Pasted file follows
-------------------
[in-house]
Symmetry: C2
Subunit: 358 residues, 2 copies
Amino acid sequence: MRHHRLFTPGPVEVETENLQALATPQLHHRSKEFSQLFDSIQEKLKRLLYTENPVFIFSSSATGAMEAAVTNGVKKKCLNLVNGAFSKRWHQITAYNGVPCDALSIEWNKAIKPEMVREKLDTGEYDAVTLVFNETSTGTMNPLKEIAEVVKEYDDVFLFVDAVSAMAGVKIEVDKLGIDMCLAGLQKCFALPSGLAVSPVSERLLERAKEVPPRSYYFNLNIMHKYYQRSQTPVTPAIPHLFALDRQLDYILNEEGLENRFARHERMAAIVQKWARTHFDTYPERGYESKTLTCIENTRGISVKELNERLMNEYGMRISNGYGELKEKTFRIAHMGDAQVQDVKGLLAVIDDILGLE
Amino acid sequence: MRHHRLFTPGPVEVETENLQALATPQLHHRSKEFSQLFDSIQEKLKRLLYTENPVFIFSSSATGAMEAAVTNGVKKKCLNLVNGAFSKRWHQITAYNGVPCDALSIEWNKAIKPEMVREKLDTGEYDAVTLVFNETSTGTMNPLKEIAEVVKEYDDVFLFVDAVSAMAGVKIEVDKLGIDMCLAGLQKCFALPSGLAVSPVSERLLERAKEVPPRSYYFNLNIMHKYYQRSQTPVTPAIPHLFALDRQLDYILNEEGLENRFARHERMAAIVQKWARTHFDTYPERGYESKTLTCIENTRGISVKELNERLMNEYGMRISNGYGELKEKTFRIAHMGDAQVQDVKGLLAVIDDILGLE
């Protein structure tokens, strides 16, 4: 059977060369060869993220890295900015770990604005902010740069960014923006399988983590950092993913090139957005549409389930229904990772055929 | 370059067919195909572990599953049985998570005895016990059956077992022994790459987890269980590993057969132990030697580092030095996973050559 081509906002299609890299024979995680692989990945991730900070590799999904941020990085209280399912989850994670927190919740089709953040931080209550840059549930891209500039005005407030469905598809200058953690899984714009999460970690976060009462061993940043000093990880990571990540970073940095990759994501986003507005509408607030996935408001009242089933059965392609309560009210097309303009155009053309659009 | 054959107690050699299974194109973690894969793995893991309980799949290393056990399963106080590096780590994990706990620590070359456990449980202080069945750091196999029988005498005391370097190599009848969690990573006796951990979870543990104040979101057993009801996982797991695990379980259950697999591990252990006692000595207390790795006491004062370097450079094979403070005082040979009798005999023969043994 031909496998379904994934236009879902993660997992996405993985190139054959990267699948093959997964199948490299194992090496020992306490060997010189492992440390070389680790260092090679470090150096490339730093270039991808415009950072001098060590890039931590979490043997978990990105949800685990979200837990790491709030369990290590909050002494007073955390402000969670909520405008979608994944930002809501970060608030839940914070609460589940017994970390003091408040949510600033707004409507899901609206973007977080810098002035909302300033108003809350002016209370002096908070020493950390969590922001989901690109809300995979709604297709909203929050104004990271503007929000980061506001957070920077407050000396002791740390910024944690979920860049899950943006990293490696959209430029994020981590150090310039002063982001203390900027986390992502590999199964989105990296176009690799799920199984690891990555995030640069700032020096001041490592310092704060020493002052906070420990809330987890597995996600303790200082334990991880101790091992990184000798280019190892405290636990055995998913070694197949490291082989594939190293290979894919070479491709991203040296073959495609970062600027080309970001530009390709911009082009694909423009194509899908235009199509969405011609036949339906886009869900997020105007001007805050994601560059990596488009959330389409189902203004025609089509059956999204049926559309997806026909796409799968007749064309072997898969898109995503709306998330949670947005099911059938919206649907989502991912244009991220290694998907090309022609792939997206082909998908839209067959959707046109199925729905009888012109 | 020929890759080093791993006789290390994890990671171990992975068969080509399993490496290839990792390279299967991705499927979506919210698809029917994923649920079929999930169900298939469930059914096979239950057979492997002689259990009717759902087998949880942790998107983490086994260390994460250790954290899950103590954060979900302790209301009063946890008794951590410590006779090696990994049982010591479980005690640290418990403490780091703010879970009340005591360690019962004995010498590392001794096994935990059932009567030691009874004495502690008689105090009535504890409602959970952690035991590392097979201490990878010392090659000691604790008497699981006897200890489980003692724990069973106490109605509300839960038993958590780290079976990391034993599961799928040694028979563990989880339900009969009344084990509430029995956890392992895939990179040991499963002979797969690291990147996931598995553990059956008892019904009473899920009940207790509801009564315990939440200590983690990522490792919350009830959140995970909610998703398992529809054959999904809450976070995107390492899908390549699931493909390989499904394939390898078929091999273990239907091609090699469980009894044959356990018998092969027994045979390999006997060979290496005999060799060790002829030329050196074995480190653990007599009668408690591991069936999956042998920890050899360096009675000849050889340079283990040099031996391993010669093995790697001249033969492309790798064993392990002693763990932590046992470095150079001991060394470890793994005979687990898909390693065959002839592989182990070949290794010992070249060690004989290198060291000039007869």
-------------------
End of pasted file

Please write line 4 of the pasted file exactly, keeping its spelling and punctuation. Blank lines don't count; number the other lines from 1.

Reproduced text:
Amino acid sequence: MRHHRLFTPGPVEVETENLQALATPQLHHRSKEFSQLFDSIQEKLKRLLYTENPVFIFSSSATGAMEAAVTNGVKKKCLNLVNGAFSKRWHQITAYNGVPCDALSIEWNKAIKPEMVREKLDTGEYDAVTLVFNETSTGTMNPLKEIAEVVKEYDDVFLFVDAVSAMAGVKIEVDKLGIDMCLAGLQKCFALPSGLAVSPVSERLLERAKEVPPRSYYFNLNIMHKYYQRSQTPVTPAIPHLFALDRQLDYILNEEGLENRFARHERMAAIVQKWARTHFDTYPERGYESKTLTCIENTRGISVKELNERLMNEYGMRISNGYGELKEKTFRIAHMGDAQVQDVKGLLAVIDDILGLE